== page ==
It may be a moment as small as speaking your truth wholeheartedly at the dinner table with your family or as big as choosing to quit your predictable, safe, (and—let’s admit it, soul sucking) job to pursue that thing you’ve always dreamed of doing.

Deciding to step out on that other path takes guts. Tenacity. Spunk. Ferocity. Gumption. Chutzpah. Call it what you will, there’s something both incredulous and inspiring about witnessing an audacious person step out in bravery and claim the “arrogance of belonging” as the poet David Whyte calls it. To boldly choose to live a life that matches up with what is burning inside oneself, even at the cost of “playing it safe,” choosing to disregard “the way things have always been done,” and the breaking past the restrictions that expectation, fear, and the myriad of other obstacles that life puts on us, begging us to just choose the path of least resistance. I want to honor those moments of audacity— not a narcissistic demand to rise to the top, but a stubborn and resolute declaration that “I am here! and this thing that I must do is important!”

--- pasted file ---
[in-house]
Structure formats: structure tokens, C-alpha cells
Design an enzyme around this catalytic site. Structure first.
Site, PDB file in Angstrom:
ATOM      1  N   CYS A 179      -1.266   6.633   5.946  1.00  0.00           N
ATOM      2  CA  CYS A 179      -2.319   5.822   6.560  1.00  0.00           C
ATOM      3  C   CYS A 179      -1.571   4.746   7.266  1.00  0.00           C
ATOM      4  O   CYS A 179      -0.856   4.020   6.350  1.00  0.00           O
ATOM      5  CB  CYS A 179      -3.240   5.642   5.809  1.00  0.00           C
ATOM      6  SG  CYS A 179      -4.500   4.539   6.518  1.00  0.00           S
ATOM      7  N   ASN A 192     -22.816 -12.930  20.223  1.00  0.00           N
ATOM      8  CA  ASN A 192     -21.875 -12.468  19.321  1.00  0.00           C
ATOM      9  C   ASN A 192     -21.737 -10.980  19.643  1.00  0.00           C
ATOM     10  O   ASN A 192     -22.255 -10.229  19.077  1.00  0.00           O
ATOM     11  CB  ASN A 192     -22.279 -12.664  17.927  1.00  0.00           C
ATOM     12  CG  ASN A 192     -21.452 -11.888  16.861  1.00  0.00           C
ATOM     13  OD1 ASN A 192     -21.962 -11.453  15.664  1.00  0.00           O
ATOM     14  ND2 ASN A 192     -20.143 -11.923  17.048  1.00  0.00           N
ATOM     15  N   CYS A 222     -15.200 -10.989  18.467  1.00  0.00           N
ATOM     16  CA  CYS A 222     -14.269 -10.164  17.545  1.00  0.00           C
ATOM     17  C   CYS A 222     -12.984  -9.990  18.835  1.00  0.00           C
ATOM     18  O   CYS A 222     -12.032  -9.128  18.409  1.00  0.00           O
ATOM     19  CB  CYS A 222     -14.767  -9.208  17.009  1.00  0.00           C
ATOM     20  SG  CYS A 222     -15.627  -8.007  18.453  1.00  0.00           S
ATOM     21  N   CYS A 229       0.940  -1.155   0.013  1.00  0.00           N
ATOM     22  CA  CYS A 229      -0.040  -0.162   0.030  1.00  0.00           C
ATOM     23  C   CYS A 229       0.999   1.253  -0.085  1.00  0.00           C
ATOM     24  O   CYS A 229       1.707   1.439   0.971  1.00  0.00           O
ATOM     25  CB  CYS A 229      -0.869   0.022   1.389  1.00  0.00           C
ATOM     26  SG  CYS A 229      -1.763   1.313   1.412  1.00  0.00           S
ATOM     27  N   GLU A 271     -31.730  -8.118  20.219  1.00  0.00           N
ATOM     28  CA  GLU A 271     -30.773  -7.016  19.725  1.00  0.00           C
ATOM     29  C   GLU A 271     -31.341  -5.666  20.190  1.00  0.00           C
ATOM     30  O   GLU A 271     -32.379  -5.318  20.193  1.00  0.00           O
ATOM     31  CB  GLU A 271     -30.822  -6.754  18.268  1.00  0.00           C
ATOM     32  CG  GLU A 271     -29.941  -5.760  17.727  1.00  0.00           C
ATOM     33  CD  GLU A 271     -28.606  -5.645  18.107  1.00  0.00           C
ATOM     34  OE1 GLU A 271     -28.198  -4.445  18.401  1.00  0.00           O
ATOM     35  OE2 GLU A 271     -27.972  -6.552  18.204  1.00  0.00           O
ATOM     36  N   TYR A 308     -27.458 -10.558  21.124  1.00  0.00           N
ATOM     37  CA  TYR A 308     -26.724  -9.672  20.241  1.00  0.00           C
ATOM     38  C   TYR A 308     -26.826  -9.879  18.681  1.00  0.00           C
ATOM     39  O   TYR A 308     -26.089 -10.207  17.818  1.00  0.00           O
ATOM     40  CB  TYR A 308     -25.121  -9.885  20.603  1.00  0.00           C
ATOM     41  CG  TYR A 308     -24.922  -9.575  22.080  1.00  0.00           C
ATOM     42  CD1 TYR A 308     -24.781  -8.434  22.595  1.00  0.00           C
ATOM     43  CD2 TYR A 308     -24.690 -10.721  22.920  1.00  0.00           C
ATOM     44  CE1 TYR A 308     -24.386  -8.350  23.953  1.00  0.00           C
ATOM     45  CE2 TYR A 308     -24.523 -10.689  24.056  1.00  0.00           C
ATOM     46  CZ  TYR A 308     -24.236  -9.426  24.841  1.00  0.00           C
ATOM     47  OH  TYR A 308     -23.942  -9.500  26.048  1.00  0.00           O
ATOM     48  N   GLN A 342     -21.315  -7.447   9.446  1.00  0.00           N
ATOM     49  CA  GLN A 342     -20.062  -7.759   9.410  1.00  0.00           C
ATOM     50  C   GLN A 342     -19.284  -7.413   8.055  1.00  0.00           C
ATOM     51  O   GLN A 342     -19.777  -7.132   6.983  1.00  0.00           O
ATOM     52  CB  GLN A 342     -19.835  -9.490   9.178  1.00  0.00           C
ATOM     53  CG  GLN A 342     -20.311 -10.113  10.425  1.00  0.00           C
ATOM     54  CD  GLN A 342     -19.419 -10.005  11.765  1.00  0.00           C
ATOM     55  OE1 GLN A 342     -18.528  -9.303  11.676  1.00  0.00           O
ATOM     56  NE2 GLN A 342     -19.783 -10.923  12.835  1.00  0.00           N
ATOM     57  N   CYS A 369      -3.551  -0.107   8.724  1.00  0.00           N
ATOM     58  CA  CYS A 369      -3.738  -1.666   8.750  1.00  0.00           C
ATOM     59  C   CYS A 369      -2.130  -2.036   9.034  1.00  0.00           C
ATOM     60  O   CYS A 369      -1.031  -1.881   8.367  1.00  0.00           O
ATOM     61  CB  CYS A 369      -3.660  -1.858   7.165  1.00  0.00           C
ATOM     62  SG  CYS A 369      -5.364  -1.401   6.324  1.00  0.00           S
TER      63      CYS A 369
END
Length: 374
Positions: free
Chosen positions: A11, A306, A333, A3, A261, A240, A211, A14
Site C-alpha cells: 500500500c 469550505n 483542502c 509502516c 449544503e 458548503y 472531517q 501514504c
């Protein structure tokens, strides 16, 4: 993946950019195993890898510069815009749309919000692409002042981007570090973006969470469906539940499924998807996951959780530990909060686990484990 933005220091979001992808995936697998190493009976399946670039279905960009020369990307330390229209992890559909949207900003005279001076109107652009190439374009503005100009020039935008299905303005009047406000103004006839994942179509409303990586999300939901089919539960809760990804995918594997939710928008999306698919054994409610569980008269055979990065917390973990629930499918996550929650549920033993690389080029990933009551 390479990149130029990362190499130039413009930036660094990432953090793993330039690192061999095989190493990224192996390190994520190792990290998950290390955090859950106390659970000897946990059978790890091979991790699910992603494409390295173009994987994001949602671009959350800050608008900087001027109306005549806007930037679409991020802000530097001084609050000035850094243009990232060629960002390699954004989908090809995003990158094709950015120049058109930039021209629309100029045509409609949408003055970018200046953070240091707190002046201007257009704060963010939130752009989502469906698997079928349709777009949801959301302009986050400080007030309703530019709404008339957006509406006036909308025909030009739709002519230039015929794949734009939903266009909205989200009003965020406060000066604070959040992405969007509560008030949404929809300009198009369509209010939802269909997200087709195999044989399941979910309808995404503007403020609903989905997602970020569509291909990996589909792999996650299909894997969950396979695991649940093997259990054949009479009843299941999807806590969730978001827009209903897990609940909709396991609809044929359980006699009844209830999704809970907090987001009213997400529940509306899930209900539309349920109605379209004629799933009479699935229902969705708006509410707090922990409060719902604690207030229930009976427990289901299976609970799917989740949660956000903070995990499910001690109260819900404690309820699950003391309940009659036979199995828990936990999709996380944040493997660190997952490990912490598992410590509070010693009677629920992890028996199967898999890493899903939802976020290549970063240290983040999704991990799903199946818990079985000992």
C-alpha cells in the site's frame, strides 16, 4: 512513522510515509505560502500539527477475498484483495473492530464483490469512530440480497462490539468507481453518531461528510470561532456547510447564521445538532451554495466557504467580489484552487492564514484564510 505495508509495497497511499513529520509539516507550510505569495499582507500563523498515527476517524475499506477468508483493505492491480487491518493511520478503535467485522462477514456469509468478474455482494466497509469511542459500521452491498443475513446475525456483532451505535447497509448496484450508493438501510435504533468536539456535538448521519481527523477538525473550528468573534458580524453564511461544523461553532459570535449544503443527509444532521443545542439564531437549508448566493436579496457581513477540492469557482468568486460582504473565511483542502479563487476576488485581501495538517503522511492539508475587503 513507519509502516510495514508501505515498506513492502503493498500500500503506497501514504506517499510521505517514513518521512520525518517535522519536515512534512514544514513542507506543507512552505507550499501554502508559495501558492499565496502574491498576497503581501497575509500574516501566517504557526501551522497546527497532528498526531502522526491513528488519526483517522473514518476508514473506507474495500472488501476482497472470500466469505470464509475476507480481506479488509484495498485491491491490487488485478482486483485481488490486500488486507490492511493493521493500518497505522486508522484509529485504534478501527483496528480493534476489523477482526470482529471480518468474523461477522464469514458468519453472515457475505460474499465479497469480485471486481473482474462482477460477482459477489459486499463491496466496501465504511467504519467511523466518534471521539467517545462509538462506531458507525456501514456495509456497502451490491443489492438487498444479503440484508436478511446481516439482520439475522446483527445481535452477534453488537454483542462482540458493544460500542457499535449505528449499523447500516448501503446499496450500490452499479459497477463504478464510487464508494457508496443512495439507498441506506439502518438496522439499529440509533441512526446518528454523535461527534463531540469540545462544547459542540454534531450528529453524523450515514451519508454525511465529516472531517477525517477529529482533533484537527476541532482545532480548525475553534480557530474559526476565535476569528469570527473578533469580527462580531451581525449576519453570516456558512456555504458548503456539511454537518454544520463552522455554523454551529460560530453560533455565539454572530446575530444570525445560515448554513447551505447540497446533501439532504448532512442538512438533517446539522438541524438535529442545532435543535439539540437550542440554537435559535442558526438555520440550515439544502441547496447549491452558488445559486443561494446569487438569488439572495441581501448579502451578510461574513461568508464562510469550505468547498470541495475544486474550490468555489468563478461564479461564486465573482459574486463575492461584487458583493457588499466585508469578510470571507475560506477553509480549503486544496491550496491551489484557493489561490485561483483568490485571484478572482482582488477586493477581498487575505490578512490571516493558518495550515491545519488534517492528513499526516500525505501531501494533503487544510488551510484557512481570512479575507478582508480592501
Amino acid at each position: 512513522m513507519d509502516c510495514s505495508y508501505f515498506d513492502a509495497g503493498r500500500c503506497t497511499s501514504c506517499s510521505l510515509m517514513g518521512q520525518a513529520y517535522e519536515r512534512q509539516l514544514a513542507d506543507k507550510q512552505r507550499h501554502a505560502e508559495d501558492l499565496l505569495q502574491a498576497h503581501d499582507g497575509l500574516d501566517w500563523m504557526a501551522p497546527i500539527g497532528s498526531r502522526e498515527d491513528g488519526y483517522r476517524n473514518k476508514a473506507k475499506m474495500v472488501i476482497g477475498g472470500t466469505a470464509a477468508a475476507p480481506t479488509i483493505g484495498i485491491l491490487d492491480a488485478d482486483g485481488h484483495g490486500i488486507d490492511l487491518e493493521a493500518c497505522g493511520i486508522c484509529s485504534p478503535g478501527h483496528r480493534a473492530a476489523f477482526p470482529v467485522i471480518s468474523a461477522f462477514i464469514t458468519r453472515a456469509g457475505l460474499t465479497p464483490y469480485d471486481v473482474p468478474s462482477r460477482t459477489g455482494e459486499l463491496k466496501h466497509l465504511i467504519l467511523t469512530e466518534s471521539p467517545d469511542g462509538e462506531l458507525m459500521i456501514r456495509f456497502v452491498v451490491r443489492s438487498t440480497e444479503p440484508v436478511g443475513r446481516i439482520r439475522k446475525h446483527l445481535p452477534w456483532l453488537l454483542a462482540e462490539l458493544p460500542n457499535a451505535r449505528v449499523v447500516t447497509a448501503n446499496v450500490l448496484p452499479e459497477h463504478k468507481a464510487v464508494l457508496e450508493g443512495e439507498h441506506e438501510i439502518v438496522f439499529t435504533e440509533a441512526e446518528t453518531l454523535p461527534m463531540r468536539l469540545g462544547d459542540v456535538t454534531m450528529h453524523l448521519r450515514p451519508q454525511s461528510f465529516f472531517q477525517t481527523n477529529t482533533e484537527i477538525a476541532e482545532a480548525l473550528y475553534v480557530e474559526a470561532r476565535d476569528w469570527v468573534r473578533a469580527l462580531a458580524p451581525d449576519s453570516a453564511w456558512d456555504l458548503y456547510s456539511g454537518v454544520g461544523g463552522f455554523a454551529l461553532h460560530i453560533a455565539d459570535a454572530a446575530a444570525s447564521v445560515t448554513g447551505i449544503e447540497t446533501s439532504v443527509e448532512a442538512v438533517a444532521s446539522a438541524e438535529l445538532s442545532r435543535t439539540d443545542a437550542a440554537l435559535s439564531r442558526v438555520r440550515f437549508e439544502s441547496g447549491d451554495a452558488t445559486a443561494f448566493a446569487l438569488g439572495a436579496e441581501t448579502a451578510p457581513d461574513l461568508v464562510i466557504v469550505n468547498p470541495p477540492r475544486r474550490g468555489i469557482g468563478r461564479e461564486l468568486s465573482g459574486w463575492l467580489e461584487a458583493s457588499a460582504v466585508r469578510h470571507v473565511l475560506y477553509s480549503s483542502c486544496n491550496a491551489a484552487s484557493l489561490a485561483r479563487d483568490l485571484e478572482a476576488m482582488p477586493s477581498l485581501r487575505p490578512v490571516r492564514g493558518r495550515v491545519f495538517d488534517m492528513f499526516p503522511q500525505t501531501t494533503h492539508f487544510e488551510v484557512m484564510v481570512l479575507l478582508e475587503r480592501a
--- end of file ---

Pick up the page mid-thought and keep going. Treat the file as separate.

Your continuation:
There are two sides to that moment:

The Moments Before

At that crossroads, that brink between safety and boldness, a litany of thoughts and fears, ranging from the curious what-ifs to the nasty accusatory who-do-you-think-you-are’s swarm around relentlessly. The lure of the comfortable battles with the uncertainty of hope. For awhile, you hear the invitation, the call to do that thing your soul is longing to do. First it’s an encouraging conversation here, an inspiring podcast there, a book that resonates with something deep within.  Soon the messages telling you to take that leap, inviting you, asking you, begging you to do that which ignites your soul are everywhere, inescapable. The moment comes where you must summon up the bravery and choose to align your actions with that which allows you to be wholehearted. You decide to pay the cost to lay claim to that which makes you feel alive.

The Moments After:

There are few things sweeter than the feeling of living a life congruent with who we were made to be. Yes— there are those euphoric moments of deep soul joy, and immense gratitude that you are able to do that thing. But there are lots of messy moments too— of self doubt, of wrestling, the weariness of vulnerability  that is uncomfortable and a never ending pull like a riptide back towards the less risky, the safe, the familiar. Precarious though it may be, this is what it means to be fully human. Pursuing that which makes your soul alive is worth the cost.